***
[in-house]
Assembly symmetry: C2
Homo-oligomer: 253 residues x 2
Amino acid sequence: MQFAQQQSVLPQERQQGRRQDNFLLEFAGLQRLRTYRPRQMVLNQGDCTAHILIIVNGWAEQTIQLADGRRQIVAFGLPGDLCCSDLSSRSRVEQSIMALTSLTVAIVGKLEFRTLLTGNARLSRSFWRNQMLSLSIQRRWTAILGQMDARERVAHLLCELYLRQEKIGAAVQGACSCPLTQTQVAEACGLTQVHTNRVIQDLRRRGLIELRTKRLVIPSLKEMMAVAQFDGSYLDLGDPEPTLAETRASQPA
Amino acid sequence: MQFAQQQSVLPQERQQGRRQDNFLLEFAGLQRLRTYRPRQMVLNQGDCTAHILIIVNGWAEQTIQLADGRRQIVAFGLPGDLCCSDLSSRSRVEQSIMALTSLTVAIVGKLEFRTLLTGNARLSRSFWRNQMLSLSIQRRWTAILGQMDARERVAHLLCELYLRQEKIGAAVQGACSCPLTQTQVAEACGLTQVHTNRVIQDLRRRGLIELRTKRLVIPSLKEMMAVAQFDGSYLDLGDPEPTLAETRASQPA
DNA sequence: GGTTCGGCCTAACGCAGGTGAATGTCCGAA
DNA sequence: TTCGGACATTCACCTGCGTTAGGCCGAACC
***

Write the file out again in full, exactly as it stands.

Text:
[in-house]
Assembly symmetry: C2
Homo-oligomer: 253 residues x 2
Amino acid sequence: MQFAQQQSVLPQERQQGRRQDNFLLEFAGLQRLRTYRPRQMVLNQGDCTAHILIIVNGWAEQTIQLADGRRQIVAFGLPGDLCCSDLSSRSRVEQSIMALTSLTVAIVGKLEFRTLLTGNARLSRSFWRNQMLSLSIQRRWTAILGQMDARERVAHLLCELYLRQEKIGAAVQGACSCPLTQTQVAEACGLTQVHTNRVIQDLRRRGLIELRTKRLVIPSLKEMMAVAQFDGSYLDLGDPEPTLAETRASQPA
Amino acid sequence: MQFAQQQSVLPQERQQGRRQDNFLLEFAGLQRLRTYRPRQMVLNQGDCTAHILIIVNGWAEQTIQLADGRRQIVAFGLPGDLCCSDLSSRSRVEQSIMALTSLTVAIVGKLEFRTLLTGNARLSRSFWRNQMLSLSIQRRWTAILGQMDARERVAHLLCELYLRQEKIGAAVQGACSCPLTQTQVAEACGLTQVHTNRVIQDLRRRGLIELRTKRLVIPSLKEMMAVAQFDGSYLDLGDPEPTLAETRASQPA
DNA sequence: GGTTCGGCCTAACGCAGGTGAATGTCCGAA
DNA sequence: TTCGGACATTCACCTGCGTTAGGCCGAACC